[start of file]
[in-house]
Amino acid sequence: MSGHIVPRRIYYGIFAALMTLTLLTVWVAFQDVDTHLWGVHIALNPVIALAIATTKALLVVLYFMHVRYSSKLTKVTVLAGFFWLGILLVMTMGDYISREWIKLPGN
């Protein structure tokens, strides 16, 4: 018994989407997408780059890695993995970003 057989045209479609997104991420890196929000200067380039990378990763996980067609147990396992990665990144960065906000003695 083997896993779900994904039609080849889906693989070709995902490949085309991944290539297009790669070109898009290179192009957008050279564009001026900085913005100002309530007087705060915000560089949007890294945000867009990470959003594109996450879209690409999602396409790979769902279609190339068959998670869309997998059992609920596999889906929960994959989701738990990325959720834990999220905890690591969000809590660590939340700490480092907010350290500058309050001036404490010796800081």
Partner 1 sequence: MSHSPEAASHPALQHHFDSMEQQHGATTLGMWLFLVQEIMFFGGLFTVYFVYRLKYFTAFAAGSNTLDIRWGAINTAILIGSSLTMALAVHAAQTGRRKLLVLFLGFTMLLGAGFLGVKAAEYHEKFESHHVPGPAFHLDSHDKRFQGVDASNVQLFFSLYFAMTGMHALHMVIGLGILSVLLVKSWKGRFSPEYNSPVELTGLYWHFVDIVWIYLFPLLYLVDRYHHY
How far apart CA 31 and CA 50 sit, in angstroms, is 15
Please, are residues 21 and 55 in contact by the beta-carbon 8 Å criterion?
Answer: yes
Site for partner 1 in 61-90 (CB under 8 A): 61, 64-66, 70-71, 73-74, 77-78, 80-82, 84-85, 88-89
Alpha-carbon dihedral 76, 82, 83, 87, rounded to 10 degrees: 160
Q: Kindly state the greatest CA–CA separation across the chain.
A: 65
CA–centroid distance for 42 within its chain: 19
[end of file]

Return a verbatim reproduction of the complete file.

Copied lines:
[in-house]
Amino acid sequence: MSGHIVPRRIYYGIFAALMTLTLLTVWVAFQDVDTHLWGVHIALNPVIALAIATTKALLVVLYFMHVRYSSKLTKVTVLAGFFWLGILLVMTMGDYISREWIKLPGN
């Protein structure tokens, strides 16, 4: 018994989407997408780059890695993995970003 057989045209479609997104991420890196929000200067380039990378990763996980067609147990396992990665990144960065906000003695 083997896993779900994904039609080849889906693989070709995902490949085309991944290539297009790669070109898009290179192009957008050279564009001026900085913005100002309530007087705060915000560089949007890294945000867009990470959003594109996450879209690409999602396409790979769902279609190339068959998670869309997998059992609920596999889906929960994959989701738990990325959720834990999220905890690591969000809590660590939340700490480092907010350290500058309050001036404490010796800081």
Partner 1 sequence: MSHSPEAASHPALQHHFDSMEQQHGATTLGMWLFLVQEIMFFGGLFTVYFVYRLKYFTAFAAGSNTLDIRWGAINTAILIGSSLTMALAVHAAQTGRRKLLVLFLGFTMLLGAGFLGVKAAEYHEKFESHHVPGPAFHLDSHDKRFQGVDASNVQLFFSLYFAMTGMHALHMVIGLGILSVLLVKSWKGRFSPEYNSPVELTGLYWHFVDIVWIYLFPLLYLVDRYHHY
How far apart CA 31 and CA 50 sit, in angstroms, is 15
Please, are residues 21 and 55 in contact by the beta-carbon 8 Å criterion?
Answer: yes
Site for partner 1 in 61-90 (CB under 8 A): 61, 64-66, 70-71, 73-74, 77-78, 80-82, 84-85, 88-89
Alpha-carbon dihedral 76, 82, 83, 87, rounded to 10 degrees: 160
Q: Kindly state the greatest CA–CA separation across the chain.
A: 65
CA–centroid distance for 42 within its chain: 19